Thursday, September 14, 2006

Keepers of the Narmada, look here

This Wednesday, something happened in California's capital Sacramento that is being hailed as a historical event in the state's complex narrative of water resources and the environment. Representatives of two warring groups - environmentalists and farmers - stood shoulder to shoulder and announced that they have reached a settlement about the fate of the Friant Dam and the San Joaquin river, in a dispute that was under litigation the past 18 years. Though this happening is more of an exception than a rule, one cannot help but yearn for a similar miracle to happen in the Narmada valley.

The history of this dispute goes back to 1942 when the Friant Dam was built by the federal government across the San Joaquin river to feed dry southern California with water from the wetter north. The dam brought irrigation to a million acres of farmland but severed the link between the spawning areas of Chinook salmon in the mountains and the ocean where these fish live all their lives. There were other environmental consequences but the Chinook became the poster-child of the evils of the Friant Dam.

In 1988, a group of environmental organisations led by the Natural Res Defence Council sued the federal government over the dam, and litigation dragged on. Last year, a couple of politicians representing California in Washington sat down with the farmers and environmentalists and urged them to reach a compromise instead of the legal route. This idea was reinforced by the judge presiding over the litigation telling the parties that lacking the delicate legal tools to work on this complex issue, the judgement was going to be an insensitive "meat cleaver"; it was best that a negotiated position was reached.

Wednesday, the two groups announced that a settlement had been reached - starting 2009, releases from the Friant Dam to the river below will be doubled allowing salmon runs, and farmers will get economic incentives as relief for their losses. By 2012, salmon will be reintroduced in the river. The most significant consequence is that this settlement paves the way for a mammoth project to rehabilitate the San Joaquin to its natural state. At the cost of $800 million, it will be one of the largest river restoration projects ever.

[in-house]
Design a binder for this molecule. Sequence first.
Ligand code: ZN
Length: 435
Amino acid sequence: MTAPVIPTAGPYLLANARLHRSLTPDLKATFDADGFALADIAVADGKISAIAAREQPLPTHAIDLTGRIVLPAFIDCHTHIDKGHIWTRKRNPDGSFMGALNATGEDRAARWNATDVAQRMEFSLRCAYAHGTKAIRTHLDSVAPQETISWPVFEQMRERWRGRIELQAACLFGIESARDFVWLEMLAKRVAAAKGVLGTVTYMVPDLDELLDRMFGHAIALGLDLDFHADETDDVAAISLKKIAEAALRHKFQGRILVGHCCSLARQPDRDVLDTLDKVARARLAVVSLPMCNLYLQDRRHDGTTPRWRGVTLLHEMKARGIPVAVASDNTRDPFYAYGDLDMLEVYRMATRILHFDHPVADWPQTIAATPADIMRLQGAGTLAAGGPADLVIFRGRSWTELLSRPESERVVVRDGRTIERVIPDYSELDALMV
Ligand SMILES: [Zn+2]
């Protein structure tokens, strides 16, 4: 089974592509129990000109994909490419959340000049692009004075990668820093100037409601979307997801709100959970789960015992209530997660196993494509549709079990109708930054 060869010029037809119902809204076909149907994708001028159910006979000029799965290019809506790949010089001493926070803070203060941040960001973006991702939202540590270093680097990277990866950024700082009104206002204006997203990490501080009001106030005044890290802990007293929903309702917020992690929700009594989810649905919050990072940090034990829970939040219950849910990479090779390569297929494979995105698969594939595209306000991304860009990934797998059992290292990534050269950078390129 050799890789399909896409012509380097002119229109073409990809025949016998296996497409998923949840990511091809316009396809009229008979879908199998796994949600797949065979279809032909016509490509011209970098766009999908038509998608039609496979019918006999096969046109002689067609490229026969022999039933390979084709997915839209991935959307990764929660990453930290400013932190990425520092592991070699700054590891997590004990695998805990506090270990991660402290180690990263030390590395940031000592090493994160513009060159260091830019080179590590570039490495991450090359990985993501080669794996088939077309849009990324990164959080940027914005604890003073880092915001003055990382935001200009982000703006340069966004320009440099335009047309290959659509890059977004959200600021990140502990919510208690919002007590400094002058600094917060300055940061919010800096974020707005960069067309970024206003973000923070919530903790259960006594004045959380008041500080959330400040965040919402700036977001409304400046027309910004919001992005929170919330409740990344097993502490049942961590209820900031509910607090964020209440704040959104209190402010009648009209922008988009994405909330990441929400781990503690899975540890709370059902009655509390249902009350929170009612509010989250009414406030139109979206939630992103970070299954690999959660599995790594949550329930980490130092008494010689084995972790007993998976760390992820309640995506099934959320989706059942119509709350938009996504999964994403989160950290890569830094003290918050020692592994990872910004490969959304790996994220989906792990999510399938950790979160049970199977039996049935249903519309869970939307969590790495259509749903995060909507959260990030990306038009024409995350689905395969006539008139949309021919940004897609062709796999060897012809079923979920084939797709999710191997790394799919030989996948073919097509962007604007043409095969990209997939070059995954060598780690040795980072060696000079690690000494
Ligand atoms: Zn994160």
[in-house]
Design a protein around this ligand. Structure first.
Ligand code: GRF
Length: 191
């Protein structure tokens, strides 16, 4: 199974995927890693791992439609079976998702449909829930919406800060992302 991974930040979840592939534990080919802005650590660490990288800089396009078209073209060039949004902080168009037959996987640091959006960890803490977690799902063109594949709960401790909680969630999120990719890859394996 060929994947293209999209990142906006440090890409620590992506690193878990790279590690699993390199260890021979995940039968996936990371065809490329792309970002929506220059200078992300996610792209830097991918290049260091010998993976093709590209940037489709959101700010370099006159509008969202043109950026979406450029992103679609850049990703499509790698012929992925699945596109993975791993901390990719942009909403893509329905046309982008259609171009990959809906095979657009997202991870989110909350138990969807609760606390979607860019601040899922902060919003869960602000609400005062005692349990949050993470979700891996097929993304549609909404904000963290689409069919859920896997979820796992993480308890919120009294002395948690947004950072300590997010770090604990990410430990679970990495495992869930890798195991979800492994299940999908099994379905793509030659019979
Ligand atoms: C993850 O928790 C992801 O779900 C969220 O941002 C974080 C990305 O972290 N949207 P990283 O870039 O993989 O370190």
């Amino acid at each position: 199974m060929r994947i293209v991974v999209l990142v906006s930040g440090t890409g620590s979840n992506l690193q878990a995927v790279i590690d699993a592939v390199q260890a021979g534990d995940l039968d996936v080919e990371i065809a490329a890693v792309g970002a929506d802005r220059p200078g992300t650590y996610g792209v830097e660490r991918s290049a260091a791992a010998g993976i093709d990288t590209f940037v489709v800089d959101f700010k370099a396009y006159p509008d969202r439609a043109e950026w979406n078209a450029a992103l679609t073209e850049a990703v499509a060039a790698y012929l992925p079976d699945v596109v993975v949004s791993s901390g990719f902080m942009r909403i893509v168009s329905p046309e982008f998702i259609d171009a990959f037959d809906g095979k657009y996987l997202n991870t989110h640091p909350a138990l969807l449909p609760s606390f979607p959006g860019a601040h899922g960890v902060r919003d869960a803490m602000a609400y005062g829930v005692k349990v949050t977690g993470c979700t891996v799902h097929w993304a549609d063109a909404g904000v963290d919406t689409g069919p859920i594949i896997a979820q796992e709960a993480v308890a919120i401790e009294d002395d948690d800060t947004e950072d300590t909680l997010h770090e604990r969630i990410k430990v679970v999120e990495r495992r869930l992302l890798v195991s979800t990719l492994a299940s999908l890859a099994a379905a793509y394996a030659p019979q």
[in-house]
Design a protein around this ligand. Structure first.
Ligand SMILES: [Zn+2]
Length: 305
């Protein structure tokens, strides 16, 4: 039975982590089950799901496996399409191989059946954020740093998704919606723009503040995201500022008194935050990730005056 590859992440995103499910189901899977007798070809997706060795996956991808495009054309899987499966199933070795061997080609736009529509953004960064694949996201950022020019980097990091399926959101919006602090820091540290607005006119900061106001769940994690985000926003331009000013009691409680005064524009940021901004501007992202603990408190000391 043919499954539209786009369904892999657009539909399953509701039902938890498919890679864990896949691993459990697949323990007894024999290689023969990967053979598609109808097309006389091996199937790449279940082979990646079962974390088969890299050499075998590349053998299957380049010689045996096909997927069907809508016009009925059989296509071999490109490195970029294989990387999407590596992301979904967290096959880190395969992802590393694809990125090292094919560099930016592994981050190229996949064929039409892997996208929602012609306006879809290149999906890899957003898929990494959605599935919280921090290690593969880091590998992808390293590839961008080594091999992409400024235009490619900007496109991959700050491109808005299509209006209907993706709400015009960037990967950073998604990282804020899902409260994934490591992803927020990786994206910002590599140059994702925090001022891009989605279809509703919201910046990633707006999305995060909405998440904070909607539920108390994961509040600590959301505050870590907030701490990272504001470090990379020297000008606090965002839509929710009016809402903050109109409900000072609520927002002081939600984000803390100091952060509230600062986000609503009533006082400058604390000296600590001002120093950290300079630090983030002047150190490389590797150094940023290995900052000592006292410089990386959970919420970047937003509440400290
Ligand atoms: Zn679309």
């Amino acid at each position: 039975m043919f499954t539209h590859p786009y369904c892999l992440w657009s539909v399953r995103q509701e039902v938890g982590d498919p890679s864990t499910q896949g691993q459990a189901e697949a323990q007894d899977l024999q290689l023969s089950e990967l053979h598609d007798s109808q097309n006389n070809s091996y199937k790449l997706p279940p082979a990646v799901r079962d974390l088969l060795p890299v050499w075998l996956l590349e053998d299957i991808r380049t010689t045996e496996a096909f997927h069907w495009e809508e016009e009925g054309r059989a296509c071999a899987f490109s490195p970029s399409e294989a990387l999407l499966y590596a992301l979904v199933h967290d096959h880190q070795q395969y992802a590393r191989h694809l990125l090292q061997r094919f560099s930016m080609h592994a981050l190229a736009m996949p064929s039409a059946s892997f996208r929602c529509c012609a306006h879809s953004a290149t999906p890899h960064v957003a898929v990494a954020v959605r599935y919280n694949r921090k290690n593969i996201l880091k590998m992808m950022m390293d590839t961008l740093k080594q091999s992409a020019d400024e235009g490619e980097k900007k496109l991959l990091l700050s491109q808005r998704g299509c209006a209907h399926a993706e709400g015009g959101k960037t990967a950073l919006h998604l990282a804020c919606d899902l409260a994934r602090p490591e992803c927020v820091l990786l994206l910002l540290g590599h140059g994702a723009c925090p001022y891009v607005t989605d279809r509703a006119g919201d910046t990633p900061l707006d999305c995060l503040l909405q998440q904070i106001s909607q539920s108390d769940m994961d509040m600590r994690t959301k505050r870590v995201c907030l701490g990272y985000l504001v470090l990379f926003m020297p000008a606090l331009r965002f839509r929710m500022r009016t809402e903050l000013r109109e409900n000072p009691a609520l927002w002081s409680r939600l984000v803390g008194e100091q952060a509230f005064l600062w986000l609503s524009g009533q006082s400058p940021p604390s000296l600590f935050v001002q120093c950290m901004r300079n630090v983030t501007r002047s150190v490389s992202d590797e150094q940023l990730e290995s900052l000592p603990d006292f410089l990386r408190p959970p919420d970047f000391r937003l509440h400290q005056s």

There are challenges to be faced yet. Marginal stake-holders who have been left out of the settlement may throw a spanner in the works, and raising funds from state and federal sources will be a looming challenge. Nevertheless, this development in itself represents a text-book case in environmental negotiations.

There are too many comparisons here with the Narmada valley projects to ignore. To begin with, the Narmada issue too is primarily being fought between agricultural interests (also some urban water supply interests) on one hand and other 'marginal' (at the risk of sounding condescending to the valley dwellers) interests on the other. The issue of the Sardar Sarovar Dam too went to court, dragged on for years, and the court's decision was indeed of the "meat cleaver" variety, much to the vocal dissapointment of Patkar and Co. The delay in court also causes losses to the state through power, irrigation and construction losses. The motivation behind the pro-dam group is good old economic gains, insurance against dry spells and the machismo of exercising entrenched state control over water. The anti-dam group is an amalgam of various motivations, chief among them being preserving the environment, protecting tribal interests and a general anti-development philosophy.

Unfortunately, for reasons that can be broadly engendered as stemming from a lack of a coherent democratic process manifest in mutual distrust and ridicule, nothing close to negotiations has happened in the Sardar Sarovar dispute. Both parties have held intransigent stances, their arrogance and self-assurance coming from broad international support for one side and unfailing local support from future beneficiaries for the other. Instead of reaching for a settlement, both sides have been shooting for a solution.

While the Sardar Sarovar issue now seems to be trundling towards a "solution", plenty more battles are forthcoming as other dams of the Narmada Valley Development Project are taken up in Madhya Pradesh. Anti-dam groups in the valley have often pointed out the post-modern dam demolition in the US as an example, pro-dam groups have pointed out the US' extensive irrigation infrastructure as one. Maybe both groups should now be looking up to the San Joaquin settlement.

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